Jazz and blues

Guitarist Peter Green's legacy there for all to hear at last

Live recordings of John Mayall's Bluesbreakers, featuring guitarist who replaced Eric Clapton in the band, have been released in album form

PUBLISHED : Saturday, 09 May, 2015, 10:37pm
UPDATED : Saturday, 09 May, 2015, 10:37pm

Jazz, blues and rock fans have collected bootlegs - also called "recordings of indeterminate origin" (ROIO) - for decades. They are often notable for poor to dreadful sound, but they sometimes capture performances of exceptional quality, even if in lo-fi audio.

These unauthorised recordings used to be fairly difficult to find, but countless numbers can now be easily downloaded and in many cases are posted on YouTube. It has also become common for record companies and the artists to issue these recordings officially, recognising that they are in circulation anyway and that a chance to turn a profit is being lost.

Probably the most successful archival issue programme of this kind has been Columbia's "The Bootleg Series" of Bob Dylan recordings - now on its 11th volume, The Basement Tapes, culled from arguably the most famous bootleg trove in rock. That series began in 1991 with the Volumes 1-3 boxed set.

A pioneer in the "official bootleg" area was John Mayall, who for his 1968 Diary of a Band albums (Volumes 1 and 2 were released separately) gave Decca Records concert tapes he had made of the version of the Bluesbreakers featuring guitarist Mick Taylor. That incarnation of the band is fairly well documented, but the shorter period between Eric Clapton's tenure and Taylor's, during which Peter Green was a member, is less so.

Just one album, 1967's A Hard Road, features Green all the way through, although he turns up on assorted singles and in cameo guest roles on other Mayall releases. Green left the band that same year, followed shortly by long-serving Mayall bassist John McVie, to form what was originally called Peter Green's Fleetwood Mac.

To hear how the Green-era Bluesbreakers sounded live, listeners had to trawl the internet for bootleg recordings with all but unlistenably poor sound. Now, however, Forty Below Records has released John Mayall's Bluesbreakers - Live in 1967 (Never Before Heard Live Performances), featuring Mayall on vocals, keyboards and harmonica, Green playing lead guitar, McVie on bass and Mick Fleetwood on drums.

Strictly speaking, the songs are not "unheard"; they've been in internet circulation for some time, but are presented here in significantly cleaned-up form, and represent Green as a bluesman at the peak of his considerable powers.

The music was recorded surreptitiously at five London clubs by Dutch blues fan Tom Huissen on a mono reel-to-reel recorder, and it was Huissen who brought his tapes to Mayall's attention.

"I'd known for a decade or two of the existence of these tapes, and in fact, Tom had sent me a CD with 50-second teasers for some of the tracks that he'd secretly recorded at our London shows," says Mayall. "Last year, Tom decided he wanted the world to hear these performances, and work soon began on restoring the already fine quality of the old reel-to-reel tapes."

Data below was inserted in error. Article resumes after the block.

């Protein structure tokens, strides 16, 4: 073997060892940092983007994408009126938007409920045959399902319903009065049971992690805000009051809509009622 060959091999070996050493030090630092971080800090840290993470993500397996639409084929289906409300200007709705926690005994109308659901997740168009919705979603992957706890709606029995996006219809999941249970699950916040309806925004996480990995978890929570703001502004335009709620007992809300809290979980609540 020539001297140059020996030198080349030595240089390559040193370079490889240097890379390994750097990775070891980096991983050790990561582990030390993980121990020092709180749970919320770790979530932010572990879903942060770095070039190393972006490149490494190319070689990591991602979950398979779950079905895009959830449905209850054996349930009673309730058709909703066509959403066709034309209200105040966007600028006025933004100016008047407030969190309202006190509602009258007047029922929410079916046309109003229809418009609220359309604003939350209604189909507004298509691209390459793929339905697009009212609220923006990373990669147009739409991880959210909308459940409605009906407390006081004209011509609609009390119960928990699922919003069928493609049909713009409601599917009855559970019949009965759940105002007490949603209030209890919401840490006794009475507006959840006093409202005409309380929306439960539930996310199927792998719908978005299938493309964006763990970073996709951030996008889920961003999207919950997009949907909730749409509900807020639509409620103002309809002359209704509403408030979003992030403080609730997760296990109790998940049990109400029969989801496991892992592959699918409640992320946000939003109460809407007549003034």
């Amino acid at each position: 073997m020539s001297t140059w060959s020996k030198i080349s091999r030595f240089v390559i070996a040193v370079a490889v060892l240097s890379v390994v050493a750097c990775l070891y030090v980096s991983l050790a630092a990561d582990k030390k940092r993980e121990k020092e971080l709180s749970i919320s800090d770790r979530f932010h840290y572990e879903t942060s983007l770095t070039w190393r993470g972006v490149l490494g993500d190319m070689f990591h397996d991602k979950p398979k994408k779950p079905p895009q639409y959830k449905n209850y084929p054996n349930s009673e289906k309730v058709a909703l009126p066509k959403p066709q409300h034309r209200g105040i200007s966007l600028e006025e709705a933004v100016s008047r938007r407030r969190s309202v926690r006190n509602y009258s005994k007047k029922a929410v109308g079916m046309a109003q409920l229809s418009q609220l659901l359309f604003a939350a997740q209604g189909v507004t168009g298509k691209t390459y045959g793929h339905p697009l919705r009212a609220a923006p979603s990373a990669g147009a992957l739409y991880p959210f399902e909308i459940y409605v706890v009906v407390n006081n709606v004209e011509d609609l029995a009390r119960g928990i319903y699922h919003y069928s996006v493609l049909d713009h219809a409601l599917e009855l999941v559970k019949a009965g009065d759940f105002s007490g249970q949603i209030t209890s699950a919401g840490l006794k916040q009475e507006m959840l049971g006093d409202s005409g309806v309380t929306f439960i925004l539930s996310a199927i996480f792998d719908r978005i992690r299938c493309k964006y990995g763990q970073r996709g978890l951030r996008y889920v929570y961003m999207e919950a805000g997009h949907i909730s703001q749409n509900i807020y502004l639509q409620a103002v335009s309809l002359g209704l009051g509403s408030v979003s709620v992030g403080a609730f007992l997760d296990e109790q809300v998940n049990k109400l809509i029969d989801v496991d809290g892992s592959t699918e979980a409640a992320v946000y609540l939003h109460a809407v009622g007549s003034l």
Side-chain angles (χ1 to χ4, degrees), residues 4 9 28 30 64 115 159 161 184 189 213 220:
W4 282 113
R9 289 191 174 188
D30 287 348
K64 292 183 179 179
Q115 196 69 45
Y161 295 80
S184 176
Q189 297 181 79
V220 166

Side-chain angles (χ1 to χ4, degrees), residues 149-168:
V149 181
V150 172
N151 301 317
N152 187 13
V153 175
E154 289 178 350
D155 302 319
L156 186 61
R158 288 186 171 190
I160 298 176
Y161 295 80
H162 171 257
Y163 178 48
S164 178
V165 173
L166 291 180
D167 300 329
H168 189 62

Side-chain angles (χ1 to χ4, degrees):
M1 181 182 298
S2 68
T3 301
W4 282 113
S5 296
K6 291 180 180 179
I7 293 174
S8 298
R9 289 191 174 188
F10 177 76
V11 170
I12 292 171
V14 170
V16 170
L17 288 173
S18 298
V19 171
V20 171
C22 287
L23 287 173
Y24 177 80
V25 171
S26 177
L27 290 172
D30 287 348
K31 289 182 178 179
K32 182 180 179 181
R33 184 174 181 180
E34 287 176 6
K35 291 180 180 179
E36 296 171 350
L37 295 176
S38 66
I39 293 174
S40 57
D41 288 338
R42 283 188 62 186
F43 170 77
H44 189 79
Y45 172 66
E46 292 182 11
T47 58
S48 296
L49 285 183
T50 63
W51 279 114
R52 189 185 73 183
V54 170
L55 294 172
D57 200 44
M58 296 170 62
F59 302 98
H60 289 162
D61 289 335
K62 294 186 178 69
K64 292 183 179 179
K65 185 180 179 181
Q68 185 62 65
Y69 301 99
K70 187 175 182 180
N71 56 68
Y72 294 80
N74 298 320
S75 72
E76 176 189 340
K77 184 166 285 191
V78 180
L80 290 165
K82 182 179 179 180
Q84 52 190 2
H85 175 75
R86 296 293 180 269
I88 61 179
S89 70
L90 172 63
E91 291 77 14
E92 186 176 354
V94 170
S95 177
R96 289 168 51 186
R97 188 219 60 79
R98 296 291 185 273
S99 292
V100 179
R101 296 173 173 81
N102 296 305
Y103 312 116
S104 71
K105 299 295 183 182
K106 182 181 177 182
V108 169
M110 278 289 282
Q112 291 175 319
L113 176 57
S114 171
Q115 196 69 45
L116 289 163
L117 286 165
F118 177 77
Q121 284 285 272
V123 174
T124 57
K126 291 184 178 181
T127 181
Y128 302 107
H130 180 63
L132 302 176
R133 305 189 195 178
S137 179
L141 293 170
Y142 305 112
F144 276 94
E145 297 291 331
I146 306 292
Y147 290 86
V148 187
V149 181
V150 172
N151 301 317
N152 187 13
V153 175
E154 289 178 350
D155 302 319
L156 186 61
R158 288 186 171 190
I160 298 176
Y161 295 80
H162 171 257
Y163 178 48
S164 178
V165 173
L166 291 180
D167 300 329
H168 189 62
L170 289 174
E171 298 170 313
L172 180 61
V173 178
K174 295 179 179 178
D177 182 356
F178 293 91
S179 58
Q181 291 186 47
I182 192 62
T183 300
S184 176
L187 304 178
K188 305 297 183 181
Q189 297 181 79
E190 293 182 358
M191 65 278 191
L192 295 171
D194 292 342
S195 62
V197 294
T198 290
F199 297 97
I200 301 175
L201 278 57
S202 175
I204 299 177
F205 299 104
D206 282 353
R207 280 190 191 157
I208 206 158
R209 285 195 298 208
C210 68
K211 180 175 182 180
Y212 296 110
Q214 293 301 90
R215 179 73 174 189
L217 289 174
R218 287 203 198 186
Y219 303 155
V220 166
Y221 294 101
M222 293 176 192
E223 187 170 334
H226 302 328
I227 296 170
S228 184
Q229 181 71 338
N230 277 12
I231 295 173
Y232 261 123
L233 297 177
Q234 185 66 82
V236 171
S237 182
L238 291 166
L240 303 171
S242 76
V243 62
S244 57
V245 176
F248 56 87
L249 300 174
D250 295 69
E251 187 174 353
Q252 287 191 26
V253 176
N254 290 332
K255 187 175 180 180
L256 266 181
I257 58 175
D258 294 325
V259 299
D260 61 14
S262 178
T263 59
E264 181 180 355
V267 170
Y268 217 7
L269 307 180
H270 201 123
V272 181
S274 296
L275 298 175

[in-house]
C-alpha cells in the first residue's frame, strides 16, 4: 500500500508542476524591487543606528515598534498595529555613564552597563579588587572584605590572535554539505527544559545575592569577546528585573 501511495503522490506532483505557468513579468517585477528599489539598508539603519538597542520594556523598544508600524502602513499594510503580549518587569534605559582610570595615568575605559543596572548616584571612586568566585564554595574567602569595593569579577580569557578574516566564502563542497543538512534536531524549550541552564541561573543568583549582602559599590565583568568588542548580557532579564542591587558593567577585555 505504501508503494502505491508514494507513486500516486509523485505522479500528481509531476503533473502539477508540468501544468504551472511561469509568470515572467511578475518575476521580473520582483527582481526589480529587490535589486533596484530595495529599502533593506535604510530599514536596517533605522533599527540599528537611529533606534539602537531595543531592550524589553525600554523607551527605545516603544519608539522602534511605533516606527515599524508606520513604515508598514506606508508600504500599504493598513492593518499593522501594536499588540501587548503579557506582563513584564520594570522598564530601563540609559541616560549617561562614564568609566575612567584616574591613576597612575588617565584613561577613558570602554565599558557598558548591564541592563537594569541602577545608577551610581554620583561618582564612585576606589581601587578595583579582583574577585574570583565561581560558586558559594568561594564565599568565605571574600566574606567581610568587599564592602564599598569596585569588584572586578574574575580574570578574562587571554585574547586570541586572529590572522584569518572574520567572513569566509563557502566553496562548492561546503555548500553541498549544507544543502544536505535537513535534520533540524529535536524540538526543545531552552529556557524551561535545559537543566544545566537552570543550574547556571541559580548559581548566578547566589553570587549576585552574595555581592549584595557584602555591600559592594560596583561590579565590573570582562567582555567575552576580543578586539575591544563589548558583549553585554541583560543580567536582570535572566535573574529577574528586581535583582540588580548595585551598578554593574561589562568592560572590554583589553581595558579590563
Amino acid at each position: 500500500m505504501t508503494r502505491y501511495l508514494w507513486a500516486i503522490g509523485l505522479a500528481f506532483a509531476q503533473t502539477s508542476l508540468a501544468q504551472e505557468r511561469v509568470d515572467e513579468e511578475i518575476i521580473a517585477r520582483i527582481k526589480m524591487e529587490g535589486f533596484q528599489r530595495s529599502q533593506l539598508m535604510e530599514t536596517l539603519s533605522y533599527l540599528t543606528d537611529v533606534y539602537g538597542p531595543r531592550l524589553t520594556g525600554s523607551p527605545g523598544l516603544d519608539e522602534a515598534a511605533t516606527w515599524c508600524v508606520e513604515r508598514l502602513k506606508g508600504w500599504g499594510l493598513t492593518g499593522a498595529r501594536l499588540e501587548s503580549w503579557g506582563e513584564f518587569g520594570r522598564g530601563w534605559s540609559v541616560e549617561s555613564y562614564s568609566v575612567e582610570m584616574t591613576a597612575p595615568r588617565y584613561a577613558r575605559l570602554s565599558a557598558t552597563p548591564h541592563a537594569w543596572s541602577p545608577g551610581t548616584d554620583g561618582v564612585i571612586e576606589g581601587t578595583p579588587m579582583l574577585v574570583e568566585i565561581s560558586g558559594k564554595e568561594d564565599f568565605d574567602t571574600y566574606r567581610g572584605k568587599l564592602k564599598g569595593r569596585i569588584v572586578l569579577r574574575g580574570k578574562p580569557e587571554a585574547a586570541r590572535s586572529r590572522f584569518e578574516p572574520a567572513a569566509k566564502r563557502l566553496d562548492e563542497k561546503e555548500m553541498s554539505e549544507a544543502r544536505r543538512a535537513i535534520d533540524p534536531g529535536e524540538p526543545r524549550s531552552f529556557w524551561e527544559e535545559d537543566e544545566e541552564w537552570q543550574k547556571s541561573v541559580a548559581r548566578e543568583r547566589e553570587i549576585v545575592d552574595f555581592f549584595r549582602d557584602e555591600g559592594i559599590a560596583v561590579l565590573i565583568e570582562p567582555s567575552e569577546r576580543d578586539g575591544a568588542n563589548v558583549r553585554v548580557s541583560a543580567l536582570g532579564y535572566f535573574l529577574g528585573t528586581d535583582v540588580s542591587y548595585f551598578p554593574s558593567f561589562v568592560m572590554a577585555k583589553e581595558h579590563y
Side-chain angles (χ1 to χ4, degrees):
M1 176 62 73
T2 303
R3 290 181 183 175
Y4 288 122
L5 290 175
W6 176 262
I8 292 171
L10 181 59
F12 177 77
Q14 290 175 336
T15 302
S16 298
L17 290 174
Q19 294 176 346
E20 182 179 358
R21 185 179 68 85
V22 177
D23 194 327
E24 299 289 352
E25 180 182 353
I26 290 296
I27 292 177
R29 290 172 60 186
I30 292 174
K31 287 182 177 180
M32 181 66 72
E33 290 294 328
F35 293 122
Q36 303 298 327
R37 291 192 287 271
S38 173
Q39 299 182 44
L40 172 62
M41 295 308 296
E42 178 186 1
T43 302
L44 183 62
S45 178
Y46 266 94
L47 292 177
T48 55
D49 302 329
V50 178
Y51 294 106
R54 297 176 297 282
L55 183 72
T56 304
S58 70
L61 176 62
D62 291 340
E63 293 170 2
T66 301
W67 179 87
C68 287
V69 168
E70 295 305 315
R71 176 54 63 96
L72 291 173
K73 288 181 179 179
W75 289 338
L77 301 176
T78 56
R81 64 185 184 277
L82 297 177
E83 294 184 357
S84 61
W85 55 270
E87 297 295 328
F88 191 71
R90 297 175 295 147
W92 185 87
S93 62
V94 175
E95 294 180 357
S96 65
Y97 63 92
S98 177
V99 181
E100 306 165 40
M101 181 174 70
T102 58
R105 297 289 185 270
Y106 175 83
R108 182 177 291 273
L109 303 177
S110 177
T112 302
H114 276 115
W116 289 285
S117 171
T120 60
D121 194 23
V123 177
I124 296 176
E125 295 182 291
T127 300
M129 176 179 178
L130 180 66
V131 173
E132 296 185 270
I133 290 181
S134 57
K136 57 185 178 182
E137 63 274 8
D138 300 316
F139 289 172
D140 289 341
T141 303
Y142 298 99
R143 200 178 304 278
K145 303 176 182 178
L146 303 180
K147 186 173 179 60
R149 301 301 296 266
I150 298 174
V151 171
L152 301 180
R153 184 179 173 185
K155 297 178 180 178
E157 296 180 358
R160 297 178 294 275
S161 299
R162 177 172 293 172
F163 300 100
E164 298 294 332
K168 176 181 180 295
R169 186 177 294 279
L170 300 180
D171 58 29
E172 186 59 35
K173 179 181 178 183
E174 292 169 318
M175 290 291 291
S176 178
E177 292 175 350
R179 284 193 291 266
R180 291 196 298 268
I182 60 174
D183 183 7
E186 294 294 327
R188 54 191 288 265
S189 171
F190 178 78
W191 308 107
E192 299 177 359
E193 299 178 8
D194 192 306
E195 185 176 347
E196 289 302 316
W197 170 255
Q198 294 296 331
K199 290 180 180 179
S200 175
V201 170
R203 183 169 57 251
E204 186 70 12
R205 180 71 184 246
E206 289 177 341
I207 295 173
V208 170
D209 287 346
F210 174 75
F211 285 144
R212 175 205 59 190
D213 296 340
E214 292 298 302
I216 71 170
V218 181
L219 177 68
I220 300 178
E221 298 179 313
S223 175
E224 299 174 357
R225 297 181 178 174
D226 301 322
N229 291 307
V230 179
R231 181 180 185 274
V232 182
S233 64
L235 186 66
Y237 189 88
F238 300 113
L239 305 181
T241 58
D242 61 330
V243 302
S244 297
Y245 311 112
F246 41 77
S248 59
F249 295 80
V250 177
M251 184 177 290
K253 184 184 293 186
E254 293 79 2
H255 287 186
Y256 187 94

"Fine quality" may be overstating the sound, but not the playing. Green had replaced Clapton in the band the previous year, and some of their repertoire still came from the Blues Breakers with Eric Clapton album, including its opener, Otis Rush's All Your Love, to which Green brings the same fire and fluency.

It is also interesting to hear the core line-up of Peter Green's Fleetwood Mac beginning to hit their stride. "Through most of 1966, Peter and John were both regular members of the Bluesbreakers and Aynsley Dunbar was the drummer," recalls Mayall.

"However, even though Aynsley was a great drummer, it was starting to become apparent that his jazz-influenced style of playing was veering away from the blues. As I recall, Peter had been close friends with Mick Fleetwood for some time, and he suggested I give him a shot. And so for a short period of only about three months, Mick became a Bluesbreaker."

For fans of 1960s British blues, this is the most important archival release for some time, and a great improvement on the internet snippets that have represented this band live until now.

Eric Corne of Forty Below Records, who worked with Mayall to clean up the tapes, says: "While the source recording was very rough and the final result is certainly not hi-fidelity, it does allow us to hear how spectacular these performances are." They are indeed.

Take Three

Three classic blues albums featuring the guitar playing of Peter Green.

  • Eddie Boyd and His Blues Band Featuring Peter Green (1967, Decca): Green, Mayall, Dunbar and McVie back singer-keyboardist Eddie Boyd to good effect. Green contributes several telling solos.
  • Fleetwood Mac (1968, Blue Horizon): a little less of Jeremy Spencer's impersonation of Elmore James would have improved this album immensely, but it includes some of Green's best slow blues.
  • The Biggest Thing Since Colossus (1969, Blue Horizon): Green, McVie and Danny Kirwan of Fleetwood Mac perform top-notch Chicago blues, although they were British.